Mary, Elizabeth and Henrietta Anne, the daughters of King Charles I and his queen, Henrietta Maria, would be brought up against the background of the English Civil War. Mary would marry William, Prince of Orange, and be sent to live in the Netherlands. Elizabeth would remain in England under Parliamentary control. Henrietta Anne would escape to France and be the darling of the French Court. Yet none of the Stuart princesses would live to reach thirty. The Tragic Daughters of Charles I is their story.

Chronos Books presents the latest in a series of historical royal biographies by Sarah-Beth Watkins, author of Lady Katherine Knollys: The Unacknowledged Daughter of King Henry VIII

Published by John Hunt Publishing – Chronos Books


Amazon UK



An enthralling and fascinating look at a tumultuous period of history, and I loved learning so much about the family of Charles I – it’s books like these that make me wish I’d ‘got’ history at a much younger age as I used to think it was all just very boring and a list of dates! This book is far from that and it is a real life royal soap opera with all the goings on over the years!

Not only does it feature Charles I and all that he was facing, but it looks behind him to his young family and what happened to them when everything was kicking off between the royalists and the parliamentarians. It strips away the pomp and ceremony that normally surrounds a royal family, and you get to see the struggles and the squabbles that enveloped this family as they were torn apart and had to face a very uncertain future.

I loved the added depth to the story that the royal letters between various members of the family added and it was surprising how much the siblings shared in letters between one another – they were very open and honest especially not knowing if they’d ever see one another again as they were all living apart and in different countries.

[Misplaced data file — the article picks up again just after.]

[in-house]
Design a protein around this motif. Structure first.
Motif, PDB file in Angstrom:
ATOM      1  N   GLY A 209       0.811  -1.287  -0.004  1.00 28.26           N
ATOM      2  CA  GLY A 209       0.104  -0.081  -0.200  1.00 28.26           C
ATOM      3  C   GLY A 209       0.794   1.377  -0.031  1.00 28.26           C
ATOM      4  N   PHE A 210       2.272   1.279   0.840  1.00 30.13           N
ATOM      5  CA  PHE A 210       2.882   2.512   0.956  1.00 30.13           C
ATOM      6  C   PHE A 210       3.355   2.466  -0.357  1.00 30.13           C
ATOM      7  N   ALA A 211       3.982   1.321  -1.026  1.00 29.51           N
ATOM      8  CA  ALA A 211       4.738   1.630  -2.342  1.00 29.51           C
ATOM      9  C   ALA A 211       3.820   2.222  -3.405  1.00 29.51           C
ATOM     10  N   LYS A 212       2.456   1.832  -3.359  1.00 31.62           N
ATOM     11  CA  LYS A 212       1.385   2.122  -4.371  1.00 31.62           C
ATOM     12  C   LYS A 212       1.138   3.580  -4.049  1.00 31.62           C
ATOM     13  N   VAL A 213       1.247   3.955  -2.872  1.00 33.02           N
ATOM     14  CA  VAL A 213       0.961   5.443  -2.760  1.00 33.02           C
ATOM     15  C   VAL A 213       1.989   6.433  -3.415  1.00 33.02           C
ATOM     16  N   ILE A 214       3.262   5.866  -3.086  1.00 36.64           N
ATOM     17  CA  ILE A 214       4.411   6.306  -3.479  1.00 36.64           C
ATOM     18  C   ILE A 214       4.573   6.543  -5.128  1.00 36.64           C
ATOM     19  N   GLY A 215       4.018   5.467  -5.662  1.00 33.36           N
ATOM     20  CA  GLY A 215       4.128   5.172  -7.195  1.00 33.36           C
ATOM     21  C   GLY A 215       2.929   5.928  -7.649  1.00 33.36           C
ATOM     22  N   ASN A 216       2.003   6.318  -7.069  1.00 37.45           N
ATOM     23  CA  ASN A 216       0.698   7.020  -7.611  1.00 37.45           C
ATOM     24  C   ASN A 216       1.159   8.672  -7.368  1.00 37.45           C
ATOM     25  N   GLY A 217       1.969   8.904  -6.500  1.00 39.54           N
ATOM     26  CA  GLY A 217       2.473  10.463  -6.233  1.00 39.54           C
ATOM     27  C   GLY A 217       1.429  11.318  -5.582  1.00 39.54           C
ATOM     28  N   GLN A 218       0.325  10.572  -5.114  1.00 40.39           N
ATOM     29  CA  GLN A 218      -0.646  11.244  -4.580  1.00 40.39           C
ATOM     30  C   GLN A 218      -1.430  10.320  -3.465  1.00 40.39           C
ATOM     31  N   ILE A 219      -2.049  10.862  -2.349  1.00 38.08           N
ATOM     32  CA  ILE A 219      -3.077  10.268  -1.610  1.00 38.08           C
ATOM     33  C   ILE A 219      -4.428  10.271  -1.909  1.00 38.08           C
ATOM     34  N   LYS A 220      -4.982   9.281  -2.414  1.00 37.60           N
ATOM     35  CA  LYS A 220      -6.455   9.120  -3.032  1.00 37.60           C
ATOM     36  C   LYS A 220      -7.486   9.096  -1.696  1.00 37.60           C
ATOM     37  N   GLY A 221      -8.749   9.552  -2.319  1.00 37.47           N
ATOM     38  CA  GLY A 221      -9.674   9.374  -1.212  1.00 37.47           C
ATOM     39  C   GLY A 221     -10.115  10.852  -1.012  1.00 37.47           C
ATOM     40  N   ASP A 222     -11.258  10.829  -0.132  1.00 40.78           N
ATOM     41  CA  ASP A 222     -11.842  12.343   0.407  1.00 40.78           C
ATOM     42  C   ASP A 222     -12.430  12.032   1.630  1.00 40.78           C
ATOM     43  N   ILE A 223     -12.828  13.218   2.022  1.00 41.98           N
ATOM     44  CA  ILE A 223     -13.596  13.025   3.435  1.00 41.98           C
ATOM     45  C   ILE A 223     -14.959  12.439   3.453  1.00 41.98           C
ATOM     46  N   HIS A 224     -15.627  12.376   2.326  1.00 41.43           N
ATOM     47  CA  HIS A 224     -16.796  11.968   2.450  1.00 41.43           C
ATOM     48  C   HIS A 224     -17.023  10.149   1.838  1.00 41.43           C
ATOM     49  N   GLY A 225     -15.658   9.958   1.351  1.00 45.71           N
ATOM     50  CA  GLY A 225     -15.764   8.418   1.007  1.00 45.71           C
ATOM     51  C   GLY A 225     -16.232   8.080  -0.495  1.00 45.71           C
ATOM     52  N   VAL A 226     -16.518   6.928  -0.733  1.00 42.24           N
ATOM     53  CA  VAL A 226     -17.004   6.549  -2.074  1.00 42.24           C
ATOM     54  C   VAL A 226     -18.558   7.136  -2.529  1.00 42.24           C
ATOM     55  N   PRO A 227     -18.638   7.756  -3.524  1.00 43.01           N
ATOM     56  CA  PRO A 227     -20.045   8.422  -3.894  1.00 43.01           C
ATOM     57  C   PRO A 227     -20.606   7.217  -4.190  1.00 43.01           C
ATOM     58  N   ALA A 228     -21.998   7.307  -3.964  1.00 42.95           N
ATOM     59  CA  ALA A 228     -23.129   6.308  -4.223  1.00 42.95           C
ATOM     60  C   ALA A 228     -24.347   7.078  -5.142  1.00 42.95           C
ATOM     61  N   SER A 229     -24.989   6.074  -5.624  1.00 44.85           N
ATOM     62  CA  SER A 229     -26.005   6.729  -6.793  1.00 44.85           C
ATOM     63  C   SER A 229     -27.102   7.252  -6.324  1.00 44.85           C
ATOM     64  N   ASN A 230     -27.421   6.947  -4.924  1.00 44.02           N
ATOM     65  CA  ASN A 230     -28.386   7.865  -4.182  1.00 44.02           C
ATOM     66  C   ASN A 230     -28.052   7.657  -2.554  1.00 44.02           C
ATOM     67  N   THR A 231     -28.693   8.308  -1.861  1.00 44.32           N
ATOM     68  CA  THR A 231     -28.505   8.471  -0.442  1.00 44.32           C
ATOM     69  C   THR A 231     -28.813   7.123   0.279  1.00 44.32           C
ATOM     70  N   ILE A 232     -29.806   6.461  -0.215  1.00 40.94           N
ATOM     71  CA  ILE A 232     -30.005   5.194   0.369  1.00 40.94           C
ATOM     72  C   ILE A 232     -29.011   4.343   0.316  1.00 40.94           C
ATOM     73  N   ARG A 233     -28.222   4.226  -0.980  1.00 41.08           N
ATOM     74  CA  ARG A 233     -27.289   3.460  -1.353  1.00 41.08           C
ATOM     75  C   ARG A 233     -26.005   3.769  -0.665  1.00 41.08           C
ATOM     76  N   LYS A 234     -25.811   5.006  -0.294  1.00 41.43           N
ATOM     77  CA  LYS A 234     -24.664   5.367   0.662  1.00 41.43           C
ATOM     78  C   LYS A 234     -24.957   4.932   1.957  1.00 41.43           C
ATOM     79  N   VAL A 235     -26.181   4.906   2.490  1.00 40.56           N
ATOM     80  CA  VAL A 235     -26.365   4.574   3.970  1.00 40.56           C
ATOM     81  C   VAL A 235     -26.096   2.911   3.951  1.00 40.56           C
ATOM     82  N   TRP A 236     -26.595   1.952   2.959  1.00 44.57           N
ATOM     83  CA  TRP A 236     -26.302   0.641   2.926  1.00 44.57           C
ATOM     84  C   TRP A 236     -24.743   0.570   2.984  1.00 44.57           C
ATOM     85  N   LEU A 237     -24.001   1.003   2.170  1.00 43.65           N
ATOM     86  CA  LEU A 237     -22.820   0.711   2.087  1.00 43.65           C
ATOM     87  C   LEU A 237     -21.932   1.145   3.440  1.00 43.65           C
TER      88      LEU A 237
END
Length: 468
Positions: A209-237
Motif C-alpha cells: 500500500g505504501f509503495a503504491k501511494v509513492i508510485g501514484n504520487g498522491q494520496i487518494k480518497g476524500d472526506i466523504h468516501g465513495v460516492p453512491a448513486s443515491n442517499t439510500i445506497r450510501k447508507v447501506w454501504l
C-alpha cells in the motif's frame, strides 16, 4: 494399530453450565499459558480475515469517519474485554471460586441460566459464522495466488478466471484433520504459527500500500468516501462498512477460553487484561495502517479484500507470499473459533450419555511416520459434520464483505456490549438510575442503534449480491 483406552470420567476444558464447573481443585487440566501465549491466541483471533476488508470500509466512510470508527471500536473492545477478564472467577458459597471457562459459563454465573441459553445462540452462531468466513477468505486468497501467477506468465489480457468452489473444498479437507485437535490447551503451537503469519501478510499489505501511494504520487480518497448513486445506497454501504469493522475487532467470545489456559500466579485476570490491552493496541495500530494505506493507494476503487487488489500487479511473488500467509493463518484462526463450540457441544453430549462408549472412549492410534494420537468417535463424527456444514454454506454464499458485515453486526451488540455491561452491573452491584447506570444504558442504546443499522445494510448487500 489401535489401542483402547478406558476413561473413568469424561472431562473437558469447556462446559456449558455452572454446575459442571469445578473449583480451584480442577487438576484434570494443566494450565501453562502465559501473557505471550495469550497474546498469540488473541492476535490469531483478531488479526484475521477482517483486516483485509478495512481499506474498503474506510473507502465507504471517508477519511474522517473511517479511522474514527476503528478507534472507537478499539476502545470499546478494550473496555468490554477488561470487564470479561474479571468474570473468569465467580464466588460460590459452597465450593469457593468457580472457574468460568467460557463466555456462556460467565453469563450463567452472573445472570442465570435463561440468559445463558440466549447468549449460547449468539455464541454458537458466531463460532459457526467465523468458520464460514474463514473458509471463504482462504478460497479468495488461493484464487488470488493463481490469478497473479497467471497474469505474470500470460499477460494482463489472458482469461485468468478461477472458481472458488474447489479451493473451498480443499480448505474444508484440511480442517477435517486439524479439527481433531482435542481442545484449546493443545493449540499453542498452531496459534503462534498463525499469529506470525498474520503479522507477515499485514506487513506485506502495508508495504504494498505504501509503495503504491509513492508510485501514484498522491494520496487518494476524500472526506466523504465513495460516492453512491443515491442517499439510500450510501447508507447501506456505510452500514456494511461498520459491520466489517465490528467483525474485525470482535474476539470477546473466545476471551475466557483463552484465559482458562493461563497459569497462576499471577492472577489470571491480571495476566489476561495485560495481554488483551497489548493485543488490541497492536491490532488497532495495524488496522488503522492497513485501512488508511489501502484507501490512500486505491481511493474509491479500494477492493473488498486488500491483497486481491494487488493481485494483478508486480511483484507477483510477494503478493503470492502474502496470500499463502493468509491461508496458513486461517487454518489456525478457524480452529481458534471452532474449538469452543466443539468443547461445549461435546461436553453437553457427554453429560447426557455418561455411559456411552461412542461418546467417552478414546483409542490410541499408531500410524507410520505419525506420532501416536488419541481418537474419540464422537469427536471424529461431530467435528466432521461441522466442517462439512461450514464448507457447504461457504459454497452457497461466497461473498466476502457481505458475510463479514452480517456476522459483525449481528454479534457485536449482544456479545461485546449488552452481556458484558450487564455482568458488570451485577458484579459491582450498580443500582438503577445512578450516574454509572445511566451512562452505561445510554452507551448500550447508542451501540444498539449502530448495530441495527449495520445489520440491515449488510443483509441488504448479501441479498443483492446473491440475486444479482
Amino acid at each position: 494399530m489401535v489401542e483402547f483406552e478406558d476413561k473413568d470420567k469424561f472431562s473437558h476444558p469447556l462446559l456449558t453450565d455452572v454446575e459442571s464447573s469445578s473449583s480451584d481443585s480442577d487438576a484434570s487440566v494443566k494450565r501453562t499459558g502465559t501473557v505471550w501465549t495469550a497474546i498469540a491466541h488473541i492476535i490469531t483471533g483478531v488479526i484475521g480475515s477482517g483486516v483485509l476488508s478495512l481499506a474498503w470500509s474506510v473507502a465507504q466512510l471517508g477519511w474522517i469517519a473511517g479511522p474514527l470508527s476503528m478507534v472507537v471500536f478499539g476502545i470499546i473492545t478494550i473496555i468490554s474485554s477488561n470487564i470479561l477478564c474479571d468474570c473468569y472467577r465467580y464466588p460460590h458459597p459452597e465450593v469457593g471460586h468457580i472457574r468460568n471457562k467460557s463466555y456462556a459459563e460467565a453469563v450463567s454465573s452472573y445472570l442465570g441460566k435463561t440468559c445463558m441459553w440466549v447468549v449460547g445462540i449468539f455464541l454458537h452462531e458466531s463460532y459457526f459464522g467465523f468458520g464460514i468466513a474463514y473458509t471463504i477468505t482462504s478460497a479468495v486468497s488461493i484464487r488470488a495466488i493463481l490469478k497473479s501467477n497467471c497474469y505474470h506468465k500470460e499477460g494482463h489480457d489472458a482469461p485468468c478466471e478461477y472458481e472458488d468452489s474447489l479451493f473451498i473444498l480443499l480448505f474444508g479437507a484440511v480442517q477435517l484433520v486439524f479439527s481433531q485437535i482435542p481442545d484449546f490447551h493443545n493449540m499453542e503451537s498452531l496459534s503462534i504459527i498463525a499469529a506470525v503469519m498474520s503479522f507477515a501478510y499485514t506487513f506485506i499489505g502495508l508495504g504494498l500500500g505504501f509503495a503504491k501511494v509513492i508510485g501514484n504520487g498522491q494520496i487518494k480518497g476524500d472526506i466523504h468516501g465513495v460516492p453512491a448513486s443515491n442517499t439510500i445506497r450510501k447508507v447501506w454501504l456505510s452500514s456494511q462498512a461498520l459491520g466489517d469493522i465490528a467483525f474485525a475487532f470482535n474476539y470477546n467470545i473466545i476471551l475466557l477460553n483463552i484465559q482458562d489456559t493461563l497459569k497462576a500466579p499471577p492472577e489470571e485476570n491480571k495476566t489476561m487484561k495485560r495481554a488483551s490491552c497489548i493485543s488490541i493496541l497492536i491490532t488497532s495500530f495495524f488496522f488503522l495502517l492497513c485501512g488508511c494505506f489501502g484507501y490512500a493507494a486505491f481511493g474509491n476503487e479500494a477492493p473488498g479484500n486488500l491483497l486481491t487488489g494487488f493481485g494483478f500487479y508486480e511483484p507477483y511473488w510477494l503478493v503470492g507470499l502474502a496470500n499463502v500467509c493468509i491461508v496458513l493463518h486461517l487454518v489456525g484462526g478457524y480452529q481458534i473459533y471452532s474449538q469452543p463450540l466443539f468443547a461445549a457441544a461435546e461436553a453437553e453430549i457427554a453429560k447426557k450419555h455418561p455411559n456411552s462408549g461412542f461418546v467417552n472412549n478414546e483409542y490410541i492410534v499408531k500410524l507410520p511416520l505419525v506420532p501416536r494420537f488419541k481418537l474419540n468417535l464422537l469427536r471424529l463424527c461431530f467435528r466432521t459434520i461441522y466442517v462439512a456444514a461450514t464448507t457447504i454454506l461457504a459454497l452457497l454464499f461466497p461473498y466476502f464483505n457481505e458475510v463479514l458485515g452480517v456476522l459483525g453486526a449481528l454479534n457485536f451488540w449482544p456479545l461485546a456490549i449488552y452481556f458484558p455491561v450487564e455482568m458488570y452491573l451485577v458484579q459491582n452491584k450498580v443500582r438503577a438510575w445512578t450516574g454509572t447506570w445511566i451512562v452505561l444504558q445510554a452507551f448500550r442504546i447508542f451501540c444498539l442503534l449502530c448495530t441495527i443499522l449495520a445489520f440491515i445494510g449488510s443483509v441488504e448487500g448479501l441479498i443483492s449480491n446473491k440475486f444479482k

With many scandals rocking England and France at the time it was just fascinating to have it all set out in chapters covering the various years, and seeing how the young girls grew up and what was expected of them in marriage, and in dealing with ill health made their stories so touching and often tragic and this book has helped me connect with these young women and I’m glad their stories are being shared in this way.


My thanks to the author, publisher and netgalley for the copy for review.

My Bookish Weekly Wrap Up – 27th April 2019

hello!  apologies for the radio silence on the blog front this week! I’ve hit the wall on the reviewing front! So now I need to play catch up -and I’m not looking forward to that one little bit!

But it was also my birthday this past week, so I’m 21 again and there were lots of lovely bookish gifts and cake for me to enjoy, and I may share another post with the bookish gifts and the results of my book voucher spending spree soon!

On the reading front it’s been quiet this past week! Suffering a little bit of a book hangover from one amazing book, but still managed to finish 4 books this week. Just one new addition from NetGalley and also some lovely bookpost for a blog tour, and ones I NEEDED  to treat myself to!!  Here’s a look back!


The Overstory by Richard Powers – 6 stars!!!

wow blooming wow!! beast of a book but loved every minute of it!

Crikey A Bodyguard by Kathryn Freeman – 4 stars

A fab mix of romance, fun and thrilling action!

William Shakespeare’s Get Me Back to Thee Future! by Ian Doescher – 4 stars